Wednesday, March 23, 2016

Live and Learn; Learn and Live

There is an old adage: live and learn.  This is the first half of life experience. The first half of life is the work of shaping and expression.  The infant already has many forces that have shaped her at birth.  There are inherited traits of her family going back into the distant past.  There are the influences from the womb.  The infant does not enter the world an unshaped lump of psychological, physical or spiritual clay.  There are many experiences in the womb such as loud noises or chemicals released by or passed through the mother’s that shape the growing fetus.
Once born the child’s most important task in the early years is learning how to fit in.  Her humanness has many needs that are seeking to be fulfilled.  There are the obvious ones of protection and feeding.  There are the very important human ones of nurture, guidance and being important.  Her family environment teaches her what she must do to get those needs met.  What she learns is what things are significant, how that significance effects her, and how to express what is significant to her. 
She also learns the other side of fitting in.  In learning to adapt her needs, she may have to tone down, warp or even hide her young self.  The developing child learns meaning.  She learns meaning so that she can survive.  Some of this meaning is fairly straight forward physical survival information. It is the kind that warns that a fire is hot.  It also teaches what responses her cries for food, attention, fear, or frustration will get. It is teaching her how to belong to her family.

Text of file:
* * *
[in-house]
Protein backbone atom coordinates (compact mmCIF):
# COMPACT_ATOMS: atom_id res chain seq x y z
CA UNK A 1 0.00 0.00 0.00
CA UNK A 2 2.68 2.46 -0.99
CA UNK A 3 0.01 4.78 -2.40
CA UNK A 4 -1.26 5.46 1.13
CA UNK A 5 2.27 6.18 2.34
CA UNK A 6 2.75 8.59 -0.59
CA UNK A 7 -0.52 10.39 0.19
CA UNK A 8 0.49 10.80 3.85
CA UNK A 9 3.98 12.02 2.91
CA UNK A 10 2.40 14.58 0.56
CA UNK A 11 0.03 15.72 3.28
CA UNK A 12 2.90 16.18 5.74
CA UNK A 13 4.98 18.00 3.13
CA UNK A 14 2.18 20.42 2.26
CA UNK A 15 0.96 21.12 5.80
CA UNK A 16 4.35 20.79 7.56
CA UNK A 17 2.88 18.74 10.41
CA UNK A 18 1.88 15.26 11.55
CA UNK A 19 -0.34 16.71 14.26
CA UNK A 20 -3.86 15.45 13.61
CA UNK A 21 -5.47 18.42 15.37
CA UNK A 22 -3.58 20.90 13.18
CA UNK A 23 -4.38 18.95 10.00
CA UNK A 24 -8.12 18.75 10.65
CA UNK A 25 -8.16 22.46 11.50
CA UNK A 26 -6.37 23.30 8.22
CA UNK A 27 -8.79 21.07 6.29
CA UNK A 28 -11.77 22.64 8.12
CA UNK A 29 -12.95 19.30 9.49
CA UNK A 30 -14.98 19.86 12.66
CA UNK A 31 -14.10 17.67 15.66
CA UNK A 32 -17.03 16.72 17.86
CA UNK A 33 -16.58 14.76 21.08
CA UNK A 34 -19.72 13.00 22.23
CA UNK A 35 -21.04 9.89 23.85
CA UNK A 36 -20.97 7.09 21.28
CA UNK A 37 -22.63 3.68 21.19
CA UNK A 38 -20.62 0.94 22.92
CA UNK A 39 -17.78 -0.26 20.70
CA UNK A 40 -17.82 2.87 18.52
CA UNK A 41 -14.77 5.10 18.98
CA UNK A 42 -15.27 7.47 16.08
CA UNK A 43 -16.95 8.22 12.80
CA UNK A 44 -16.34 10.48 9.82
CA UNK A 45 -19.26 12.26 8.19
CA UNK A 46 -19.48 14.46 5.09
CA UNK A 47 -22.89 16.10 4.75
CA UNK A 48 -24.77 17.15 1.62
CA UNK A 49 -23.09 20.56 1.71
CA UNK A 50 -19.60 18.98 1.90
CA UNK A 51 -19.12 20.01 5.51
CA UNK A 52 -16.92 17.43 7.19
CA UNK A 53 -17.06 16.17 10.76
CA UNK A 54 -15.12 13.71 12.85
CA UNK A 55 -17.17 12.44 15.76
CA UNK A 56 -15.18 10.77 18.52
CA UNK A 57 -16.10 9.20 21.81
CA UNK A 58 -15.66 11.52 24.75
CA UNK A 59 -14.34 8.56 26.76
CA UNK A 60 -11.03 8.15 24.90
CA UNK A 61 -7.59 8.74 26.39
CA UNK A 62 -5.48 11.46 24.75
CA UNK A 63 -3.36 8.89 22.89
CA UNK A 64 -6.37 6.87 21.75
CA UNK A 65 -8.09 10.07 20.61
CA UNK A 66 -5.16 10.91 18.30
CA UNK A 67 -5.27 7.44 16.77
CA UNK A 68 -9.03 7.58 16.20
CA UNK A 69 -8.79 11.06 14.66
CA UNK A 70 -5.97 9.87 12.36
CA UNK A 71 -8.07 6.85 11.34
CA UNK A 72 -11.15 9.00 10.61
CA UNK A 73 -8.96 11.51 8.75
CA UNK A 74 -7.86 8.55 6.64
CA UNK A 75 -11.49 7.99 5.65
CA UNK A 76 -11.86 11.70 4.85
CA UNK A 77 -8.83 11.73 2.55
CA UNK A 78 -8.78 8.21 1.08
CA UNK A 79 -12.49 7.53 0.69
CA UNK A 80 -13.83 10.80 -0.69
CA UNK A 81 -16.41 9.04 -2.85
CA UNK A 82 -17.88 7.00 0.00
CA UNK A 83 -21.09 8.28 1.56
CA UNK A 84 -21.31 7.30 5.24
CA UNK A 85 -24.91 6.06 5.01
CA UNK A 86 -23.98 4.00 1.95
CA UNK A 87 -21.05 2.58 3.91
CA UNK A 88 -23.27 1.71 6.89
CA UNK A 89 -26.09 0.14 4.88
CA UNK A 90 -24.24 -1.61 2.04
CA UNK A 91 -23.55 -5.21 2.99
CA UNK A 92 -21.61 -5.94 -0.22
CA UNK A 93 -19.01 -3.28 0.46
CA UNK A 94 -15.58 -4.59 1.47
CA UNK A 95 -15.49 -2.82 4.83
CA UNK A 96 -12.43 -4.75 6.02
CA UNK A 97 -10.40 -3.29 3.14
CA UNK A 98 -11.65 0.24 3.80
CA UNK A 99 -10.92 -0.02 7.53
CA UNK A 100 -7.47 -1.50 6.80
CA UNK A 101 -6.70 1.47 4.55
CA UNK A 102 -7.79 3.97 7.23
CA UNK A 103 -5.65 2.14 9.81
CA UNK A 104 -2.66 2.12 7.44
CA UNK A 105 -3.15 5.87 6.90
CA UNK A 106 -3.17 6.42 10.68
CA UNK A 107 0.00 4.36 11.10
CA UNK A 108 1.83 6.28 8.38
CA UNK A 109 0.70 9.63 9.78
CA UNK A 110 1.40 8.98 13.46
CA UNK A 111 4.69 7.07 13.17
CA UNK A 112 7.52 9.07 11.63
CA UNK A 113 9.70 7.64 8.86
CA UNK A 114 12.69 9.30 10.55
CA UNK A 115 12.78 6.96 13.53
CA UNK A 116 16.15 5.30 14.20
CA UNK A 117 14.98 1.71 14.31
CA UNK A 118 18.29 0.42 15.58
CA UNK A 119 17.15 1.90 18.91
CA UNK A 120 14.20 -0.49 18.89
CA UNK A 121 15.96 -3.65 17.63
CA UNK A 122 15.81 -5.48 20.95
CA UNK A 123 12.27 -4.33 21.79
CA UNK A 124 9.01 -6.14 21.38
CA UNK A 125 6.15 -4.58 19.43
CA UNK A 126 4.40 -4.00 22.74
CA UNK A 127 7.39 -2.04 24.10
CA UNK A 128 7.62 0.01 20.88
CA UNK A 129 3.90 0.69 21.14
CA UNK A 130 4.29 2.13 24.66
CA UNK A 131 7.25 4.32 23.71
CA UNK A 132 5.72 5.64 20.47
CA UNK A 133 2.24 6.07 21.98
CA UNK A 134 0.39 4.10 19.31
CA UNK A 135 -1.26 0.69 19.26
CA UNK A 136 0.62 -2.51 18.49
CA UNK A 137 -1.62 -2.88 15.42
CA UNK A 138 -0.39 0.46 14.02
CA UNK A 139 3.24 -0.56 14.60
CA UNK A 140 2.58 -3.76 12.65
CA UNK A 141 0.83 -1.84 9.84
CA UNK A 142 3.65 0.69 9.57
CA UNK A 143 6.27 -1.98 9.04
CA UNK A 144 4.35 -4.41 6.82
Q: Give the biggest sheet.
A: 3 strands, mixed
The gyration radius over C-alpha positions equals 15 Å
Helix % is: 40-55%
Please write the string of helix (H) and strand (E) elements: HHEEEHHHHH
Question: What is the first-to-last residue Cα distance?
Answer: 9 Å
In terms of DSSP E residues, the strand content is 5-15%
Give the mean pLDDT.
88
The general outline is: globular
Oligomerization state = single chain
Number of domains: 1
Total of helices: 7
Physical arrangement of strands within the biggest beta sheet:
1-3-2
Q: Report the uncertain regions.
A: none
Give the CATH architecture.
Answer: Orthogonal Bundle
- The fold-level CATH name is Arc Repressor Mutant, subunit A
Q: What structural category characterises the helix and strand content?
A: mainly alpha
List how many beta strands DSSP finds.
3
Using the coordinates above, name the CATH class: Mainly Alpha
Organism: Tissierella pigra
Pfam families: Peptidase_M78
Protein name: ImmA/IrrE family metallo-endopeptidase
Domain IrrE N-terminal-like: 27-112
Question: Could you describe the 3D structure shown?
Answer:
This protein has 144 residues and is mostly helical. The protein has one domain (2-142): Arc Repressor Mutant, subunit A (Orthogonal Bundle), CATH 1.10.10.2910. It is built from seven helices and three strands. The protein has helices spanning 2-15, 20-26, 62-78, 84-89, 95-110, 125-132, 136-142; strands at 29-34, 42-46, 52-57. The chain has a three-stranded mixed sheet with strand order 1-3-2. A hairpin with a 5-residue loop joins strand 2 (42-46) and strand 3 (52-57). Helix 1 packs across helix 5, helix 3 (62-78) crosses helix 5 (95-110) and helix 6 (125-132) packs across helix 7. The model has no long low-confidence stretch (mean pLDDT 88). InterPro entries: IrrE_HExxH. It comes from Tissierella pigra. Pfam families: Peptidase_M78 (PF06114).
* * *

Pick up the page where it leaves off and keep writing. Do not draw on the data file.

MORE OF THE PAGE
Most of us spend the first half of life verifying what we have learned.  We seek and/or create environments and people that confirm this early shaping.

Learn and live” of the second half of life is not an easy job.   Nor does it every end.   As we experience our patterns, we must learn “how we got to be the way we are”.   What are the many experiences, often mercifully buried, that shaped our young ego.  As we learn how we were molded at the same time we must learn “how we are”.  This is different than the shaping influences.  “How we are” is the expression of our early adaptations in the first half of life. 
It is interesting to note that there are usually three to seven primary experiences that act as themes for our ego expression.  We may have been beaten every day of our life but there is one beating that is the defining theme of that experience and how we assimilated it into our self image.  It is each of these three to seven thematic experiences that we must meet and grieve to learn in the second half of life.
These early shapings are the source of brain chatter.  It is the dos and don’ts of adaptation that keep the human animal within the bounds of acceptable behavior.  With illumination we bring to consciousness the themes and energy behind the patterns of our behaviour.  This is a necessary first step.
Illumination is not fault finding in its orientation.  It is critical and gentle assessment.  For example when assessing anger it is examined in various ways. How do I display or not display anger?  What were my childhood models for anger?  Was there a rageful person in the past that made anger displays a non choice because of a wish to not emulate and/or a fear of display?  Was it a home where anger (or any emotions) was proscribed?  What happens with angry thoughts?  Is there guilt?  Is there shame?  If anger does not come out straight how does it display?  Which of my behaviors are sideways expressions of anger?  How has my anger and other’s anger influenced my relationships?  If there was no good role model for anger what are a my personal, acceptable expressions of anger?  How do a I learn to practice these expressions?
Illumination work encompasses all of our patterns. How do I control my world?  All life needs to have a sense of control or efficacy.  Are there moods that I use?  Do I fail inorder to succeed or the reverse?  How do I define my territory?  All life defines territory if no other way than occupying a space. What displays do I do to indicate when my territory is invaded?  How close is intimate, personal, social?  What did I learn about sex, sexuality and sensuality?